COURSES

COURSEs

Course 1

Contact

Broder J. Merkel

Associate Editor
Arabian Journal of Geosciences
TU Bergakademie Freiberg, Germany 

Water-rock interaction modeling with PHREEQC

15 November 2018


Water-rock interactions are important for many processes on earth. Some of them are fast while others are rather slow in view of reaction kinetics. Sorption as an example is normally always rather fast (minutes to hours until equilibrium is reached) while precipitation or solution of minerals covers a huge range from hours to geological times (thousands of years). Models based on kinetics are costly in terms of CPU time and do need site specific reaction rates for all processes. On contrary models based on thermodynamics are less costly and utilize commonly available log-K values for chemical reactions. Thus combining both thermodynamics and kinetics is often a feasible approach to simulate actual situations and problems. PHREEQC is used in this short course to demonstrate how certain problems can be solved.


Course 2

Contact

Dorrik Stow

Guest of Editorial Board
Arabian Journal of Geosciences
Heriot-Watt University, Edinburgh, Scotland

Deepwater Sedimentary Systems: Facies, Architecture and Petroleum Significance

15 November 2018


Scientific understanding of processes, sediments and architecture in the deep sea is advancing rapidly. Turbidite reservoirs are currently the principal target for oil and gas exploration, with over 1600 existing fields, whereas contourites are the petroleum play of the future. Improved geohazards mapping in deepwater is vital, especially as over 90% of internet communications is via submarine cables. This course will provide a state-of-the-art overview of the very complex deep marine system. It will outline the processes and facies and how they evolve on the slope and in the open ocean; discuss how these facies build into distinctive architectural elements and how they can be recognized in the subsurface, using seismic records, wireline logs and borehole cores. Both modern seafloor and ancient outcrop analogues provide quantifiable attributes for the component elements of deepwater systems. Examples from deepwater hydrocarbon plays around the world will be used as case studies. Participants may bring their own datasets and questions for a final discussion session.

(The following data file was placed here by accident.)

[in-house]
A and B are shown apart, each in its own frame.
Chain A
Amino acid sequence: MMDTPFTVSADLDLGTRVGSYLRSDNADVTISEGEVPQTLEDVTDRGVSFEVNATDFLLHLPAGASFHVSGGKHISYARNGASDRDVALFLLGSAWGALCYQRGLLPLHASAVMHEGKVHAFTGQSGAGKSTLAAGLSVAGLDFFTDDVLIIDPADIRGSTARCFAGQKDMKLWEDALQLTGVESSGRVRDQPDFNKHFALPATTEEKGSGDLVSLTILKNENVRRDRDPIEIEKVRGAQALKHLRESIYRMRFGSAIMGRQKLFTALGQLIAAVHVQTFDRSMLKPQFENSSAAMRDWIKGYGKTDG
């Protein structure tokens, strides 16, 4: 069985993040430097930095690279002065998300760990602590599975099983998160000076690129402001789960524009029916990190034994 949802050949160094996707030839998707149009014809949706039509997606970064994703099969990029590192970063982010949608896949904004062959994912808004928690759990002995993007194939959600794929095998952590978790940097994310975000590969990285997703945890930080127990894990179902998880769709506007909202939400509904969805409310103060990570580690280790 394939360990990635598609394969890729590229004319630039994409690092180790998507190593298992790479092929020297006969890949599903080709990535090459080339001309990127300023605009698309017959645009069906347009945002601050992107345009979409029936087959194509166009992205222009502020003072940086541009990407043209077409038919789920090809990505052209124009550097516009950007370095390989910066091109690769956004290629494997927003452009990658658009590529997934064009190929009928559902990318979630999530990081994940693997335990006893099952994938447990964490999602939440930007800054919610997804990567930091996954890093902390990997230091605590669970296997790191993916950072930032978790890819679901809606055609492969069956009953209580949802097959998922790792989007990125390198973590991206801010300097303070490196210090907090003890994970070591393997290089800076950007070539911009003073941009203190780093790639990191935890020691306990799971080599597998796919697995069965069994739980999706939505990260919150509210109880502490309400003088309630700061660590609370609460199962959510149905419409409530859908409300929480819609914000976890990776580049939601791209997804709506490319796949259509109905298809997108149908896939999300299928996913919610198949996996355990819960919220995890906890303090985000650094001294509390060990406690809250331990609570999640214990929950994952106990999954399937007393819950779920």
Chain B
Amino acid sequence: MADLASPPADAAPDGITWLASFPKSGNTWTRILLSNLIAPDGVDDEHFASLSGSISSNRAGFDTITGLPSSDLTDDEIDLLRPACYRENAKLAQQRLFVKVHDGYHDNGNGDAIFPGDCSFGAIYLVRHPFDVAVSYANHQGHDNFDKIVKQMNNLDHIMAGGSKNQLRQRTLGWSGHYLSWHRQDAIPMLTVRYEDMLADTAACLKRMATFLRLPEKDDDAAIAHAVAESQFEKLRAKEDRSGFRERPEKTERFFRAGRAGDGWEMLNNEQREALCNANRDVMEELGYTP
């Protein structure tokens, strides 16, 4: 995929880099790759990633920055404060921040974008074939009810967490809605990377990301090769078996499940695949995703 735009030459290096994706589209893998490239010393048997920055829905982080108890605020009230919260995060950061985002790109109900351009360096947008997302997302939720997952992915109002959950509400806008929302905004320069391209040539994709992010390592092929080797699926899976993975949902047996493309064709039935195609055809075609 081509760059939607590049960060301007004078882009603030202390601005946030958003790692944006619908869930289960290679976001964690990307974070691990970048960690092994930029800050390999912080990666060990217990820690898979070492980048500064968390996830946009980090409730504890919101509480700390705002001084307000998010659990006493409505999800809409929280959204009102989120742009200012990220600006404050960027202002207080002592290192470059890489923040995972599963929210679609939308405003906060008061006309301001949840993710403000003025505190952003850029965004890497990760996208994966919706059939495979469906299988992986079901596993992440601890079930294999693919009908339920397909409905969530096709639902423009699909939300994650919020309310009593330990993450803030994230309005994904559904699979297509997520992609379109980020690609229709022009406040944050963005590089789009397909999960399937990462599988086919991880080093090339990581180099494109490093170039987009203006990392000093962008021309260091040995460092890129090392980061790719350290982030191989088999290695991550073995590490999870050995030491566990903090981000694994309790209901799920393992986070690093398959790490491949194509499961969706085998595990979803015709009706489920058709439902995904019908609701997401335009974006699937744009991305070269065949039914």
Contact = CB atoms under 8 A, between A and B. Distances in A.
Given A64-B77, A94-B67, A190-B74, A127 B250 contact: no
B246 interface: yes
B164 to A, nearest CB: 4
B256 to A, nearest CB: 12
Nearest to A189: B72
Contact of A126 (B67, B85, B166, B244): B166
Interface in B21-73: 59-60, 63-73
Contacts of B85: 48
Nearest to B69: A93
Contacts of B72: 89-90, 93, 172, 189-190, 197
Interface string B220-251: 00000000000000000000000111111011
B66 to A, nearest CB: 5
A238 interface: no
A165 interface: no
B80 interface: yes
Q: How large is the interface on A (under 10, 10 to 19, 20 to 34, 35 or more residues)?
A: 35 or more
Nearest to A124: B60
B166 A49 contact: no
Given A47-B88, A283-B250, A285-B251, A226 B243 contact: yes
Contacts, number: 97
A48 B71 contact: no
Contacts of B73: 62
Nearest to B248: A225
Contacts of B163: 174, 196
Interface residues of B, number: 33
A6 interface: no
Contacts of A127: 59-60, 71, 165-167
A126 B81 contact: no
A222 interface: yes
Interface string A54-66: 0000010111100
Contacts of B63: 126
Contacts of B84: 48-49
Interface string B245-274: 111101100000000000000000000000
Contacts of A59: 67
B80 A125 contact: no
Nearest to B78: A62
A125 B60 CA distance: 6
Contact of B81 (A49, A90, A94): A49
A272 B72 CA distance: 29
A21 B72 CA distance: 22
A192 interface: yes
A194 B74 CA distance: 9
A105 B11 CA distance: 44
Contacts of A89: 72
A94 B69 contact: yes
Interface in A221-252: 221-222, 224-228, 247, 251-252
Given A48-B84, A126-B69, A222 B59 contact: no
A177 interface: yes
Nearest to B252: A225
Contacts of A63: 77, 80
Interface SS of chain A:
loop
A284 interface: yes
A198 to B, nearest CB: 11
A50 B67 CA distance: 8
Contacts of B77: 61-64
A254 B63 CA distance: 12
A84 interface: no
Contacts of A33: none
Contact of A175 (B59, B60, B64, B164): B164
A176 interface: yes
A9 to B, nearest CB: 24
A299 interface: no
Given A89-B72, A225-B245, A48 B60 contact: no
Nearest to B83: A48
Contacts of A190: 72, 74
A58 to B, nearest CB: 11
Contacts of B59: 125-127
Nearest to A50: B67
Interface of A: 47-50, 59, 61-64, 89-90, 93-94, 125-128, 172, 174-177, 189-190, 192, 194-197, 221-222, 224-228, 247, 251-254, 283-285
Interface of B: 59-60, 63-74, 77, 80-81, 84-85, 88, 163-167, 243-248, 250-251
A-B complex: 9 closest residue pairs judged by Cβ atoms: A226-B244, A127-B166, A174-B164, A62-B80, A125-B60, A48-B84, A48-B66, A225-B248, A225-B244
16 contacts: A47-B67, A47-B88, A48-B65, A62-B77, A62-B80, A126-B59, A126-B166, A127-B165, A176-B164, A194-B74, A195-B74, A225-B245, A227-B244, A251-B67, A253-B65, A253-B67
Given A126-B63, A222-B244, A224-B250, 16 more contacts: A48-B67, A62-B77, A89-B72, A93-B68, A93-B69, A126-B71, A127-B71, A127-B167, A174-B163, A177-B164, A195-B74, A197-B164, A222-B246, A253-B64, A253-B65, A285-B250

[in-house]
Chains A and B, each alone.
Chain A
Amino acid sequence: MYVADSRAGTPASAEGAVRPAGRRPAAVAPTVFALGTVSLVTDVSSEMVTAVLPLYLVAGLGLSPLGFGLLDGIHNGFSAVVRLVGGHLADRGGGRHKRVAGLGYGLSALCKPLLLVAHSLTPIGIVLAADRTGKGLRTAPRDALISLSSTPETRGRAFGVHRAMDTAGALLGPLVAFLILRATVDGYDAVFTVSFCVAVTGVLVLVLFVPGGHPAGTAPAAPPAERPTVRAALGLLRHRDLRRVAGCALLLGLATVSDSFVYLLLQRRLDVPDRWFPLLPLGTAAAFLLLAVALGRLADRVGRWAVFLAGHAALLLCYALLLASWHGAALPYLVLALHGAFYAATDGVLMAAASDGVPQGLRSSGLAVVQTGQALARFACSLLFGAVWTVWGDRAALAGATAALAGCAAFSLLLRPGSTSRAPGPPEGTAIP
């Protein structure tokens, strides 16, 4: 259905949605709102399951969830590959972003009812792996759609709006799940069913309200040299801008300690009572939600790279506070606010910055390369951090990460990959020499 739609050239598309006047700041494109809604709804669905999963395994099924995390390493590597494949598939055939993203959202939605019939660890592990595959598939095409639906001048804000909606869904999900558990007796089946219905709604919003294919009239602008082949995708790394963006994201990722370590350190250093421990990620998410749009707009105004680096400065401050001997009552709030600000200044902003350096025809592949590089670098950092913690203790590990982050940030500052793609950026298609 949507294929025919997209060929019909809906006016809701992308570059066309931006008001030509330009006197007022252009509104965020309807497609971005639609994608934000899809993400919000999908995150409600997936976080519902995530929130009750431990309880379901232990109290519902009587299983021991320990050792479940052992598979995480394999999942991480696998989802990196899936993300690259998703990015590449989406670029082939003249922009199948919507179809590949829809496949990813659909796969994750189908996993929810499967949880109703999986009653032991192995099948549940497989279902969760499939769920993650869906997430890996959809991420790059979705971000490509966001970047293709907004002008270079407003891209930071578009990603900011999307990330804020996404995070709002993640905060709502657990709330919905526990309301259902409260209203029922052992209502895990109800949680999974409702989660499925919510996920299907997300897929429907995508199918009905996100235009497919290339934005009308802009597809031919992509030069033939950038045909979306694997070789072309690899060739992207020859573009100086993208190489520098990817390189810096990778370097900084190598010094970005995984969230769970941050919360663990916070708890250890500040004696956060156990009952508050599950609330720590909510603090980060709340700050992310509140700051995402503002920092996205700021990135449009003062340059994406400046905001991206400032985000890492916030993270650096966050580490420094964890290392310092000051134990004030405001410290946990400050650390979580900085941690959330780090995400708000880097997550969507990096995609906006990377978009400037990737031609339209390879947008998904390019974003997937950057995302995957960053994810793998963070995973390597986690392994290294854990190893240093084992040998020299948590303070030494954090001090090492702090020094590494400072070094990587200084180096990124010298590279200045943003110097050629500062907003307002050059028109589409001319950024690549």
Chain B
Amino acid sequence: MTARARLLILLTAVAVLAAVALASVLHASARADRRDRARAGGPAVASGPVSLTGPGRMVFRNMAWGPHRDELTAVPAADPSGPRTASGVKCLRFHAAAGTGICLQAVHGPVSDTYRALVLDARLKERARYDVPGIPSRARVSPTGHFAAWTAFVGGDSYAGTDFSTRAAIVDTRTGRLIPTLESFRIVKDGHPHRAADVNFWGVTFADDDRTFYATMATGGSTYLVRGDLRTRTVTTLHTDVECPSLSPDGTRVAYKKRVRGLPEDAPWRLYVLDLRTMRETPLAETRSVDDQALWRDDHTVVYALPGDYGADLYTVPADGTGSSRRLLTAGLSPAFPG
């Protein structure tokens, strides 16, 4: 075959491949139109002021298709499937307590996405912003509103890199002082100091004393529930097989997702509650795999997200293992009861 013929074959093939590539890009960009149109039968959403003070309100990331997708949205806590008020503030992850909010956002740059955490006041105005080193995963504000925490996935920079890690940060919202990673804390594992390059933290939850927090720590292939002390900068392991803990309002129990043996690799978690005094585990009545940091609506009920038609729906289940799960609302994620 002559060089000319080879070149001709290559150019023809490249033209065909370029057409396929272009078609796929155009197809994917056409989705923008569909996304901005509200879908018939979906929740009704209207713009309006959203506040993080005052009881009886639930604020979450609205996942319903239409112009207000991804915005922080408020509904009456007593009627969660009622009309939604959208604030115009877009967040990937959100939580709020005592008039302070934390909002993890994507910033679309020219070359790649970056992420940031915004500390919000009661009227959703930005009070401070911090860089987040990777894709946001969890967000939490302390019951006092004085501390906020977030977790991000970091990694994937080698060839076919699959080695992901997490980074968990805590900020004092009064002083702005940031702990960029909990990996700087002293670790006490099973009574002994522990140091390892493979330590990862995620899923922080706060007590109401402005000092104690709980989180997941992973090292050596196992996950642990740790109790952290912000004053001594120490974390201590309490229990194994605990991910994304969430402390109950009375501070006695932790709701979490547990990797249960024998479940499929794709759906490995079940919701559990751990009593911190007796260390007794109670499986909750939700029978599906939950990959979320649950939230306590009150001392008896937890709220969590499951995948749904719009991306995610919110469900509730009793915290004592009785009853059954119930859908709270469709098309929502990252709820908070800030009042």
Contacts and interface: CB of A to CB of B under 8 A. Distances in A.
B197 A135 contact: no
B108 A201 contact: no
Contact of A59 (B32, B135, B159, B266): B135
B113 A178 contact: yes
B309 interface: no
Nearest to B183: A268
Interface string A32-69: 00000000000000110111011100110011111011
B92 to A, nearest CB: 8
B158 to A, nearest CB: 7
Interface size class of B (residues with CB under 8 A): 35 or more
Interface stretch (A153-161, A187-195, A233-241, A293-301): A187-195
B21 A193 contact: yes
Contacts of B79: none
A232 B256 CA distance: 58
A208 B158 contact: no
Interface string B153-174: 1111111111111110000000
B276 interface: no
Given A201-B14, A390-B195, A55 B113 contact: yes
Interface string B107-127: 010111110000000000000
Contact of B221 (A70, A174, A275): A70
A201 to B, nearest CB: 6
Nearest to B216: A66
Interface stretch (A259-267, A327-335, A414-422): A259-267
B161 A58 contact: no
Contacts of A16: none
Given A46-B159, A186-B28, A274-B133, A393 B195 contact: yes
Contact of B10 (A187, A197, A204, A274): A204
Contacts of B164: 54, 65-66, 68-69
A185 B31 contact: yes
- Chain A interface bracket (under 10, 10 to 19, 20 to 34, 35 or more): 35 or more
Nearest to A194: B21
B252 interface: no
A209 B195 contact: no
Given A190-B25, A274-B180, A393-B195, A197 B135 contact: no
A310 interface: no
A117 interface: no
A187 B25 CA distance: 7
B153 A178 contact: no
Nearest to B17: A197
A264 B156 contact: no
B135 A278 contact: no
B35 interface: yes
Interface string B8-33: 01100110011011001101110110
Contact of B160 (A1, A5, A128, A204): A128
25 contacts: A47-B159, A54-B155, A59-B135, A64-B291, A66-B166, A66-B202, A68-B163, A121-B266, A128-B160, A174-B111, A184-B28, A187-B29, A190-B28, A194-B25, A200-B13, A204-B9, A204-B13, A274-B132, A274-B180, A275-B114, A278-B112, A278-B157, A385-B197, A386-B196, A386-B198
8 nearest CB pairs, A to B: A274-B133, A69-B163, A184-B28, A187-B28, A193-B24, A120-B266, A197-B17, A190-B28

Course 3

Contact

Maurizio Barbieri

Associate Editor
Arabian Journal of Geosciences
Università di Roma "La Sapienza", Italy 

Application of stable isotopes in environmental tracer studies

15 November 2018


Stable isotopes are being increasingly applied in earth sciences to study environmental-related processes. This course provides an introduction to the theory and application of stable isotopes in earth and environmental sciences. In particular, isotope-based methodologies have become well established within the hydrological community for water resource assessment, development and management, and are now an integral part of many water quality and environmental studies. These methodologies usually rely on "tracing" either isotope species naturally occurring in water (environmental isotopes) or on isotope tracers intentionally introduced into them. The list of stable isotopes that has important implications for water resources management has grown in recent years. In this context, the course will give an opportunity to explore some of stable isotopes techniques with examples and applications.


Course 4

Contact

Hesham M. El-Askary

Guest of Editorial Board
Arabian Journal of Geosciences
Center of Excellence in Earth Systems Modeling and Observations,
Schmid College of Science and Technology at Chapman University, USA

Observations of the Earth’s Spheres and the Changing Climate

15 November 2018


There is no point in denying climate change. We are living in a dynamic interactive system made up by a series of spheres namely, the atmosphere, the hydrosphere, the cryosphere, and the biosphere. We just focus on global warming, rising temperature and CO2 emissions! What about the domino effect in our fragile Earth system? This course will briefly discuss different aspects of these effects associated with the above mentioned spheres of the Earth system, how they interact to shape the environment in which we live? and how they are affected by our changing climate? Remote Sensing and Earth observations concepts will be employed and discussed to show how we can benefit from them.